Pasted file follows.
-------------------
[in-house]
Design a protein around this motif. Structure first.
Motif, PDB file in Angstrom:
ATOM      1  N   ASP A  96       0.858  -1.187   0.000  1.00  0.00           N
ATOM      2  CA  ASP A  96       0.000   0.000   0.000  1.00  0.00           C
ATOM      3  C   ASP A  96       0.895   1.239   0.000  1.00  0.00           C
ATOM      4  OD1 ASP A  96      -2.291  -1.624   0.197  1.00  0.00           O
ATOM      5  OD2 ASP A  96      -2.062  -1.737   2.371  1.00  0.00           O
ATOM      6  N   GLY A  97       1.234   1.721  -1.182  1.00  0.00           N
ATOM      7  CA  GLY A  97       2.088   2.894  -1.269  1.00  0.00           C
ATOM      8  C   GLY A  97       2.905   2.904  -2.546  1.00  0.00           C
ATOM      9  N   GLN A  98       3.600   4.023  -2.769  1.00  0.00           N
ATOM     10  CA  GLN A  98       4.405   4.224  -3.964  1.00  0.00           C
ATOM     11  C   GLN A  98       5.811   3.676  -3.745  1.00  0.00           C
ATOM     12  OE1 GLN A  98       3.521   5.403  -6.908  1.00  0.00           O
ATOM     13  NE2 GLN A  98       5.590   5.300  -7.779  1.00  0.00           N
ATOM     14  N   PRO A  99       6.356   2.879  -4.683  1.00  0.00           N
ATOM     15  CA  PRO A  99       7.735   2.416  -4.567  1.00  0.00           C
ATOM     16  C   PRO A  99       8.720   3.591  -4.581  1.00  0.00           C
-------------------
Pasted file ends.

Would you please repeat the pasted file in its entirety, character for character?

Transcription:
[in-house]
Design a protein around this motif. Structure first.
Motif, PDB file in Angstrom:
ATOM      1  N   ASP A  96       0.858  -1.187   0.000  1.00  0.00           N
ATOM      2  CA  ASP A  96       0.000   0.000   0.000  1.00  0.00           C
ATOM      3  C   ASP A  96       0.895   1.239   0.000  1.00  0.00           C
ATOM      4  OD1 ASP A  96      -2.291  -1.624   0.197  1.00  0.00           O
ATOM      5  OD2 ASP A  96      -2.062  -1.737   2.371  1.00  0.00           O
ATOM      6  N   GLY A  97       1.234   1.721  -1.182  1.00  0.00           N
ATOM      7  CA  GLY A  97       2.088   2.894  -1.269  1.00  0.00           C
ATOM      8  C   GLY A  97       2.905   2.904  -2.546  1.00  0.00           C
ATOM      9  N   GLN A  98       3.600   4.023  -2.769  1.00  0.00           N
ATOM     10  CA  GLN A  98       4.405   4.224  -3.964  1.00  0.00           C
ATOM     11  C   GLN A  98       5.811   3.676  -3.745  1.00  0.00           C
ATOM     12  OE1 GLN A  98       3.521   5.403  -6.908  1.00  0.00           O
ATOM     13  NE2 GLN A  98       5.590   5.300  -7.779  1.00  0.00           N
ATOM     14  N   PRO A  99       6.356   2.879  -4.683  1.00  0.00           N
ATOM     15  CA  PRO A  99       7.735   2.416  -4.567  1.00  0.00           C
ATOM     16  C   PRO A  99       8.720   3.591  -4.581  1.00  0.00           C